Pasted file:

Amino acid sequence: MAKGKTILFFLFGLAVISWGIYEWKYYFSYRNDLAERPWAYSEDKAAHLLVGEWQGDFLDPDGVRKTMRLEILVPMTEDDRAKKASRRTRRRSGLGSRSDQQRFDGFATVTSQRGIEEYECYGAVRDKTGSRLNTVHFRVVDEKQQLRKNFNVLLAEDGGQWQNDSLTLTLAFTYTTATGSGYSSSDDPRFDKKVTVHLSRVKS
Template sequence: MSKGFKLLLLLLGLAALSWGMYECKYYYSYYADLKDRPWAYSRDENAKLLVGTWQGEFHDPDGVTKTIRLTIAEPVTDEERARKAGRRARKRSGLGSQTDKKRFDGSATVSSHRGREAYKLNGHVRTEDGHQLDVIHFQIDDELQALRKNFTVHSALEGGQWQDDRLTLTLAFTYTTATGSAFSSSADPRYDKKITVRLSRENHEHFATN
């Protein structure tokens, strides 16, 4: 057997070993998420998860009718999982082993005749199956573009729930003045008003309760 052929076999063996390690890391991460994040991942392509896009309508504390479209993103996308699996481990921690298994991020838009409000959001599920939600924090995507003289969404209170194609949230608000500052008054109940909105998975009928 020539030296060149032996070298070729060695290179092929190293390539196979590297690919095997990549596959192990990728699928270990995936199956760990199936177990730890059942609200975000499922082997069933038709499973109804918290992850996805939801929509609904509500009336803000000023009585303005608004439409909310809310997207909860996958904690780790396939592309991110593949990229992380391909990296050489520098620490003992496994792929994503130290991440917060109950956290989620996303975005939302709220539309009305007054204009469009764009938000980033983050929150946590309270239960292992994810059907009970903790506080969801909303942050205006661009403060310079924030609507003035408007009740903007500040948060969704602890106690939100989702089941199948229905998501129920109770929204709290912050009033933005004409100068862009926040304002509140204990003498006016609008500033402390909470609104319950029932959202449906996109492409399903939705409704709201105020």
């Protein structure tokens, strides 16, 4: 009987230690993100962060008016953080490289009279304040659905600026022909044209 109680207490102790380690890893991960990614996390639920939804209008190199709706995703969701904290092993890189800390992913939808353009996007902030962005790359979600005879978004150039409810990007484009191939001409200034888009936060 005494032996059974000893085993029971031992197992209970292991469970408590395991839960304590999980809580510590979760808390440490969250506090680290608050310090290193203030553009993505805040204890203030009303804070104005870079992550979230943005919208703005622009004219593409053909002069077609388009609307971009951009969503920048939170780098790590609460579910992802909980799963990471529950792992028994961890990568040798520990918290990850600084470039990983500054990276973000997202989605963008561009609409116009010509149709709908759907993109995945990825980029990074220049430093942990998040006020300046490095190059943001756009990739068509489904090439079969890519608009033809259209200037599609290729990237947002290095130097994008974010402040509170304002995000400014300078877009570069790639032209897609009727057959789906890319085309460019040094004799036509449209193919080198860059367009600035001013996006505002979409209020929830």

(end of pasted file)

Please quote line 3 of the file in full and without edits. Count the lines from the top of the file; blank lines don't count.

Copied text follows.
């Protein structure tokens, strides 16, 4: 057997070993998420998860009718999982082993005749199956573009729930003045008003309760 052929076999063996390690890391991460994040991942392509896009309508504390479209993103996308699996481990921690298994991020838009409000959001599920939600924090995507003289969404209170194609949230608000500052008054109940909105998975009928 020539030296060149032996070298070729060695290179092929190293390539196979590297690919095997990549596959192990990728699928270990995936199956760990199936177990730890059942609200975000499922082997069933038709499973109804918290992850996805939801929509609904509500009336803000000023009585303005608004439409909310809310997207909860996958904690780790396939592309991110593949990229992380391909990296050489520098620490003992496994792929994503130290991440917060109950956290989620996303975005939302709220539309009305007054204009469009764009938000980033983050929150946590309270239960292992994810059907009970903790506080969801909303942050205006661009403060310079924030609507003035408007009740903007500040948060969704602890106690939100989702089941199948229905998501129920109770929204709290912050009033933005004409100068862009926040304002509140204990003498006016609008500033402390909470609104319950029932959202449906996109492409399903939705409704709201105020």